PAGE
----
"Not Noteworthy" is the title of this week's Premier Crossword by Frank A. Longo and since I don't think the constructor is given to self-deprecation I suspected right away that it wasn't meant to be taken literally. It turns out to be, in actual fact, a perfect example of exactly what is going on with the long theme answers in the grid, so the title is illustrative, not descriptive. The title and all of the theme answers consist of two word phrases where the first three letter word is repeated at the beginning of the second, longer word:
23a - DIG DIGITIZING (Really get into making electronic scans?)
33a - HOT HOTELIER (Conrad Hilton with a fever?)
41a - PIE PIERCING (Cobbler cutter's job?)
58a - RED REDUCTION (Decrease in sunburn severity?)
69a - APE APERITIF (Gorilla's pre-dinner drink?)
78a - HUG HUGUENOTS (Embrace old French Protestants?)
93a - SAY SAYONARA (Bid a Toyko resident farewell?)
103a-DOC DOCILITY (Meekness of medics?)
118a-YOU YOUNGSTERS (How senior citizens address teens?)
NOT NOTEWORTHY - It's pretty obvious once you see the gimmick, which I did as I came to the first long answer, and once you know what's going on it greatly simplifies the solving process because letters become "two-fers" - when you have one in either word you can write it in the corresponding position of the other word. In fact, the long theme answers were a lot easier for me than much of the other fill.
I got off to a bad start in the upper left hand corner of the grid where Golfer Mark OMEARA (20a) crossed "EADIE Was a Lady" (1933 hit song) (2d) - in fact I forgot to go back to fill in the missing letter (which I might or might not have guessed right) but I didn't notice I had left it blank until I copied the solution here. In the top central section Snake-haired Gorgon MEDUSA (7a) crossing mentalist URI Geller (10d) was temporarily problematic, and then I had to make a guess where AGRIPPA, the General who advised Augustus (13a) shared a letter with ANCHO chile (kind of pepper) (13d) - and that was before I even got to the first theme clue!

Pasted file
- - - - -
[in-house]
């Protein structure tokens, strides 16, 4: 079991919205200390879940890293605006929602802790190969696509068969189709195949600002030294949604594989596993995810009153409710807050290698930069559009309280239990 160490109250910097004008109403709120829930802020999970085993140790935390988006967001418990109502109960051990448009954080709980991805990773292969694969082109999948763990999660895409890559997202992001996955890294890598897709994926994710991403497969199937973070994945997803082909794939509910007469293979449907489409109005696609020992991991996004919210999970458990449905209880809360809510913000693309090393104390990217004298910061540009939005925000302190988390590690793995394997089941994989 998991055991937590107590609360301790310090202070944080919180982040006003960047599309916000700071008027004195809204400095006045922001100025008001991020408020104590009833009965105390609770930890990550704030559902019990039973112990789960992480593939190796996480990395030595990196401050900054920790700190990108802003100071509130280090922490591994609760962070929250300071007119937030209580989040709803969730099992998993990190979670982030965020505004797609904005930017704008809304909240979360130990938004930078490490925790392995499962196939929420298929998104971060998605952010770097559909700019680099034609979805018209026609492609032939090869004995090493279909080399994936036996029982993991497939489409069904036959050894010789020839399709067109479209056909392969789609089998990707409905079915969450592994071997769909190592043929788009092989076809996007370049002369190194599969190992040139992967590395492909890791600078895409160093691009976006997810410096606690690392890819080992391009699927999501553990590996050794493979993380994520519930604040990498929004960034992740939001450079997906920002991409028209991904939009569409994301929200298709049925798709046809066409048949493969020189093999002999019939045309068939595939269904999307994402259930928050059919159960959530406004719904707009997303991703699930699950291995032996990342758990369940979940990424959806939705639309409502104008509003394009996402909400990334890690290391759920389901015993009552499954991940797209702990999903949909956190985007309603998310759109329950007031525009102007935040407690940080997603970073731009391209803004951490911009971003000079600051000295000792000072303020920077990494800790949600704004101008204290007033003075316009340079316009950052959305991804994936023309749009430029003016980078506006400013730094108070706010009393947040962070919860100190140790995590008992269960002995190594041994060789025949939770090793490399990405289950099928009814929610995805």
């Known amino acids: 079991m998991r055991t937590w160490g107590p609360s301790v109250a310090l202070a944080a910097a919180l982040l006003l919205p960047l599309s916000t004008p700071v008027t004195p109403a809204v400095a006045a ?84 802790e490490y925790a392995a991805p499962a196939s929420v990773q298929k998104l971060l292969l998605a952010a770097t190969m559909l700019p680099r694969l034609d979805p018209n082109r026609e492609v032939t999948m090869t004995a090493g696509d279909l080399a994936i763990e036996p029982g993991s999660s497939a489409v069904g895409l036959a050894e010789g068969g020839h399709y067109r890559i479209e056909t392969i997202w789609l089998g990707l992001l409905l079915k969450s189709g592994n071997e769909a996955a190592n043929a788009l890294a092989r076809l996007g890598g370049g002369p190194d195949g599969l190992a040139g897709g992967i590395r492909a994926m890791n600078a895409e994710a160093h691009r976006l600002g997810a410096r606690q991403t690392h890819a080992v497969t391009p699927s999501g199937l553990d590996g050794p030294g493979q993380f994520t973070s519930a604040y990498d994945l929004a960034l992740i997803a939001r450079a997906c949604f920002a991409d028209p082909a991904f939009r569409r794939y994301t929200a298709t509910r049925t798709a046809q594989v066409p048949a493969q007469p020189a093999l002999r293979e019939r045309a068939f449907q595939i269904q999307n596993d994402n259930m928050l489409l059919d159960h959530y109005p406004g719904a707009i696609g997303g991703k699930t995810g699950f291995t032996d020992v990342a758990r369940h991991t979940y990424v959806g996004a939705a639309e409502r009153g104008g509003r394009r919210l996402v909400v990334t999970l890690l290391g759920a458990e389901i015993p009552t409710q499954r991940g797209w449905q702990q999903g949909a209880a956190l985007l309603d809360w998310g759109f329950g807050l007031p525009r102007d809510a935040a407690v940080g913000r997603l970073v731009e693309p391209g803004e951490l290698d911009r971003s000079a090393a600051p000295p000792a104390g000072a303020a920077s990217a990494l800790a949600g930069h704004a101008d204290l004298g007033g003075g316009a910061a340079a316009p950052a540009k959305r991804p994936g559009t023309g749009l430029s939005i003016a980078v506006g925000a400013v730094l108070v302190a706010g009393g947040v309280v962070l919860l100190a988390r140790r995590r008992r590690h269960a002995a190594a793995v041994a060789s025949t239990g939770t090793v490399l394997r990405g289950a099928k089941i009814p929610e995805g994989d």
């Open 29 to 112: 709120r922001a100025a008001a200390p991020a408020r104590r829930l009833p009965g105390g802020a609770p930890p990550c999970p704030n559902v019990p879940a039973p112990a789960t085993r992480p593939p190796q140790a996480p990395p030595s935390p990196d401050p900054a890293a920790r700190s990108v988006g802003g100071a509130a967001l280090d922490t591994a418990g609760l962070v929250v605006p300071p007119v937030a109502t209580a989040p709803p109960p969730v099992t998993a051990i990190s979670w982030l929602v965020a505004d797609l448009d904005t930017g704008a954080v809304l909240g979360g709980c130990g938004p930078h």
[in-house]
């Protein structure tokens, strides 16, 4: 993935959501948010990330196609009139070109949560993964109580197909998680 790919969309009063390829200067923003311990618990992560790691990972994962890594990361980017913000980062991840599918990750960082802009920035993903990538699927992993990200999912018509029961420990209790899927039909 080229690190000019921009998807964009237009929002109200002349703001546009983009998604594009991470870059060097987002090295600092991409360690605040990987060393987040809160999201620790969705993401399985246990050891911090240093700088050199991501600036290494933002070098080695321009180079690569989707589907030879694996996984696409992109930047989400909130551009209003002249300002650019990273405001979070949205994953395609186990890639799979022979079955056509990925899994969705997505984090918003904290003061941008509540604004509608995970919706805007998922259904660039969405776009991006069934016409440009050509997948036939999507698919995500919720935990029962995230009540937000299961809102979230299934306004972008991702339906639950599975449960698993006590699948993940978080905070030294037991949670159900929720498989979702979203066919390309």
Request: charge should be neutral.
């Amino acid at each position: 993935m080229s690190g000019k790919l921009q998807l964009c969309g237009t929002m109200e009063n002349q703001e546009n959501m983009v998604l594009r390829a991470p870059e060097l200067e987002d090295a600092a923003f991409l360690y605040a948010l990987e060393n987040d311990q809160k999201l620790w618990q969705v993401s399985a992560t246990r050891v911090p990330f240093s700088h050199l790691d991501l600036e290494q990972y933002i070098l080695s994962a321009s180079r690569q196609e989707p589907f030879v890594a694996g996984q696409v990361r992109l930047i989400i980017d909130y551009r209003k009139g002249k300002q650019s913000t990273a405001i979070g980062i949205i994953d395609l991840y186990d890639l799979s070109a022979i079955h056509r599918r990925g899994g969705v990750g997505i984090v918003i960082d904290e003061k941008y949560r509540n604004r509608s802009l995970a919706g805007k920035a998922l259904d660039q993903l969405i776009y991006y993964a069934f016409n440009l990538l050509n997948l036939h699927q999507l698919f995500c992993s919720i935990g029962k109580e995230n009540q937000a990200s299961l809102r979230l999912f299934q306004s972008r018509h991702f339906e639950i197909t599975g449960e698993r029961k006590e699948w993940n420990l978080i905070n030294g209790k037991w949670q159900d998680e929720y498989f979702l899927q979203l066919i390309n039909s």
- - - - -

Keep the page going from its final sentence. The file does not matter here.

The center section of the grid didn't pose many problems (other than not being sure how to spell "Huguenots") but I got back into trouble in the bottom sections. Both ends of the old French region ALSATIA (121A) were crossed by proper names with painter Edgar DEGAS (103d) in front and "The Compleat Angler" writer IZAAK Walton bringing up the rear. ELLA Raines of "The Web" crossing LORI Singer of film was easy enough to guess but I have never heard of either woman. There were lots of other proper names down there but happily I was familiar with most of them they didn't cause any difficulty. ATHENA (123a - She's a deity of wisdom) provided a nice flourish from Greek mythology to counter-balance the ugly Gorgon at the top of the grid.
Looking back at my problem areas I see that most of my difficulties were VOCALIC (92d - Like A, E, I, O and U), a word which I just learned from thefreedictionary.com: "adj. 1. Containing, marked by, or consisting of vowels. 2. Of, relating to, or having the nature of a vowel." I wanted the word to be VOweLIC until the crosswords set me right.
Having "Edward I" playwright George PEELE (18d) and PEELER (126a - Paring tool) together in the grid seems a little like cheating to me - on the other hand it might provide the basis for the theme in another puzzle.
Random Roman Numeral crossing: Second-cen. pope ST PIUS I (57d) meets the last of a tetralogy PART IV (61a) I'm sure AGRIPPA would approve (because he was, you know, Roman.)
Possible mini-theme: CELEBS (1a - Film stars, e.g.): Mark OMEARA, ANI DiFranco, VANNA White, MUGSY (maybe he doesn't count because he's a cartoon?) Kofi ANNAN, Jane Fonda of KLUTE, ELLA Raines and LORI Singer (whom we've already met), ARNE Duncan (who?), Herb ALPERT, Peter OTOOLE, and my favorite sea serpent NESSIE. There may be more - feel free to list them in the comment section.
CANST (105D - Art able to) - REALLY???!!!
ARGOTS (12d - Local lingoes) - from vocabulary.com: "Argot is language particular to a specific group. It can mean a kind of slang, a technical language or a code." I did not know that.
ADIEU (47d - "Farewell") - see you next week.